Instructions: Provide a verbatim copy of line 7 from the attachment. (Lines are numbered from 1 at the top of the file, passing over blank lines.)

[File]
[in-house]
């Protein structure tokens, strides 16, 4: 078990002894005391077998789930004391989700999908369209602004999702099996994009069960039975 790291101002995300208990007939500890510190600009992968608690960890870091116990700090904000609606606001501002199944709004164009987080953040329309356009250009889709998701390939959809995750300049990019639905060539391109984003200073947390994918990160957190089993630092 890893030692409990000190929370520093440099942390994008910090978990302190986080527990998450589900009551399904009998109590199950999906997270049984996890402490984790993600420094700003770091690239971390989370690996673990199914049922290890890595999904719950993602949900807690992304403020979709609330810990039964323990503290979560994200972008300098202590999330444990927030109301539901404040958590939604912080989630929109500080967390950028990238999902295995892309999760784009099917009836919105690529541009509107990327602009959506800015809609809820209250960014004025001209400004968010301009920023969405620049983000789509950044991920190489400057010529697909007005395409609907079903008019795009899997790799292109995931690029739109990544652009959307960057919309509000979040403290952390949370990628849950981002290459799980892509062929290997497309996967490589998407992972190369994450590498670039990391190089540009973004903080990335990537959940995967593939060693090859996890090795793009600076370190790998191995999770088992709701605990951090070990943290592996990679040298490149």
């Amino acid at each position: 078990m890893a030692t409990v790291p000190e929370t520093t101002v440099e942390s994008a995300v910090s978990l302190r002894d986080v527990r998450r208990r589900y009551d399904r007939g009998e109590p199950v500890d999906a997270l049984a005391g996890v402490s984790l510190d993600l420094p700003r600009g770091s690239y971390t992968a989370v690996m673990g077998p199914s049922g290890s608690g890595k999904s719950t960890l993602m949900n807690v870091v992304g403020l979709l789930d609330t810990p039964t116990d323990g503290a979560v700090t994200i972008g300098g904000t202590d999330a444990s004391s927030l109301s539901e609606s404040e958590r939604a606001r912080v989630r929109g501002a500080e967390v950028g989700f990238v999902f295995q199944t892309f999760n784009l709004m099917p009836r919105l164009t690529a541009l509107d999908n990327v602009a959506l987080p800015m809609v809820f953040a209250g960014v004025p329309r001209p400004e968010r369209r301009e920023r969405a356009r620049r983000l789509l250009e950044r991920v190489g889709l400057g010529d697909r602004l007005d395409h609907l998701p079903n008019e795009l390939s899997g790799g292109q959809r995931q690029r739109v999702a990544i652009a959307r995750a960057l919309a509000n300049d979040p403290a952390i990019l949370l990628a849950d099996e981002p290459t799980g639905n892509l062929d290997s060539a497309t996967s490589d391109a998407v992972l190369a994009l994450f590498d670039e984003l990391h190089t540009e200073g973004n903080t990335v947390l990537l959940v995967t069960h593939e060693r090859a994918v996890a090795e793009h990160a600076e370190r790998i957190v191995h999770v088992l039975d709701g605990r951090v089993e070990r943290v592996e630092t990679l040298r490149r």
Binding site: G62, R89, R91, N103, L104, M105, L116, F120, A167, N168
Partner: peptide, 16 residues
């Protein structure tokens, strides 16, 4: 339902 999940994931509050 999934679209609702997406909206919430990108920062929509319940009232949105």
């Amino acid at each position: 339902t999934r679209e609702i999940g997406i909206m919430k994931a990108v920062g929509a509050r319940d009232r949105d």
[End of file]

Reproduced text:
């Amino acid at each position: 339902t999934r679209e609702i999940g997406i909206m919430k994931a990108v920062g929509a509050r319940d009232r949105d």